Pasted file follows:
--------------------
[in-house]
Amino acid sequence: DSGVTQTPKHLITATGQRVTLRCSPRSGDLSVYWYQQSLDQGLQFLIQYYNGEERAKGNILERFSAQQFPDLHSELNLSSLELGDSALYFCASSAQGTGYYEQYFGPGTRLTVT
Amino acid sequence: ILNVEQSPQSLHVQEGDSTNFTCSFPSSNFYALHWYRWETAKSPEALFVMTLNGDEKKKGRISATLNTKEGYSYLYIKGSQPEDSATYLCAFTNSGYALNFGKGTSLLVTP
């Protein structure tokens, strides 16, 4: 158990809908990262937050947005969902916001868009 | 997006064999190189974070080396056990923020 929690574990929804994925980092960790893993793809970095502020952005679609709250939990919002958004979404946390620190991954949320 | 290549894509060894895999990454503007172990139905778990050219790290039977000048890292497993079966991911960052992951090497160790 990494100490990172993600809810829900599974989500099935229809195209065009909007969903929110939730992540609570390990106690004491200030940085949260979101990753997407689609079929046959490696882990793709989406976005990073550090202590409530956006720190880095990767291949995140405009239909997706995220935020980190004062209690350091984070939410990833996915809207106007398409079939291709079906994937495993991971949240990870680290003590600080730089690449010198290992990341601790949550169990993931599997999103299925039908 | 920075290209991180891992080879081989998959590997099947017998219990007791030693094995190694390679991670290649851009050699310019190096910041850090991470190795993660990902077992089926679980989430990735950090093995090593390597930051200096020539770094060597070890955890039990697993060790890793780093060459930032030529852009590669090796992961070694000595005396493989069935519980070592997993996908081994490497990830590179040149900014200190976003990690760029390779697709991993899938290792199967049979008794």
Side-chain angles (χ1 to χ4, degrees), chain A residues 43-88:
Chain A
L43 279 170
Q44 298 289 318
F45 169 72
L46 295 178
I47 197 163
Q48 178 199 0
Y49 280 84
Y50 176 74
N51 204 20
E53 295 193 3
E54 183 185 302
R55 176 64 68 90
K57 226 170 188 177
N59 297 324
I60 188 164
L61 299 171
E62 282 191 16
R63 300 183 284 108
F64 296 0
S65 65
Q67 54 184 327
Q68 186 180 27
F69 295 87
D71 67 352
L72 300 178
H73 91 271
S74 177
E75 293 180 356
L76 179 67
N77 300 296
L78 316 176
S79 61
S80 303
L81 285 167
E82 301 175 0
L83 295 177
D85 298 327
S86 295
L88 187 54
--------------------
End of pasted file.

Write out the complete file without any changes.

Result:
[in-house]
Amino acid sequence: DSGVTQTPKHLITATGQRVTLRCSPRSGDLSVYWYQQSLDQGLQFLIQYYNGEERAKGNILERFSAQQFPDLHSELNLSSLELGDSALYFCASSAQGTGYYEQYFGPGTRLTVT
Amino acid sequence: ILNVEQSPQSLHVQEGDSTNFTCSFPSSNFYALHWYRWETAKSPEALFVMTLNGDEKKKGRISATLNTKEGYSYLYIKGSQPEDSATYLCAFTNSGYALNFGKGTSLLVTP
């Protein structure tokens, strides 16, 4: 158990809908990262937050947005969902916001868009 | 997006064999190189974070080396056990923020 929690574990929804994925980092960790893993793809970095502020952005679609709250939990919002958004979404946390620190991954949320 | 290549894509060894895999990454503007172990139905778990050219790290039977000048890292497993079966991911960052992951090497160790 990494100490990172993600809810829900599974989500099935229809195209065009909007969903929110939730992540609570390990106690004491200030940085949260979101990753997407689609079929046959490696882990793709989406976005990073550090202590409530956006720190880095990767291949995140405009239909997706995220935020980190004062209690350091984070939410990833996915809207106007398409079939291709079906994937495993991971949240990870680290003590600080730089690449010198290992990341601790949550169990993931599997999103299925039908 | 920075290209991180891992080879081989998959590997099947017998219990007791030693094995190694390679991670290649851009050699310019190096910041850090991470190795993660990902077992089926679980989430990735950090093995090593390597930051200096020539770094060597070890955890039990697993060790890793780093060459930032030529852009590669090796992961070694000595005396493989069935519980070592997993996908081994490497990830590179040149900014200190976003990690760029390779697709991993899938290792199967049979008794």
Side-chain angles (χ1 to χ4, degrees), chain A residues 43-88:
Chain A
L43 279 170
Q44 298 289 318
F45 169 72
L46 295 178
I47 197 163
Q48 178 199 0
Y49 280 84
Y50 176 74
N51 204 20
E53 295 193 3
E54 183 185 302
R55 176 64 68 90
K57 226 170 188 177
N59 297 324
I60 188 164
L61 299 171
E62 282 191 16
R63 300 183 284 108
F64 296 0
S65 65
Q67 54 184 327
Q68 186 180 27
F69 295 87
D71 67 352
L72 300 178
H73 91 271
S74 177
E75 293 180 356
L76 179 67
N77 300 296
L78 316 176
S79 61
S80 303
L81 285 167
E82 301 175 0
L83 295 177
D85 298 327
S86 295
L88 187 54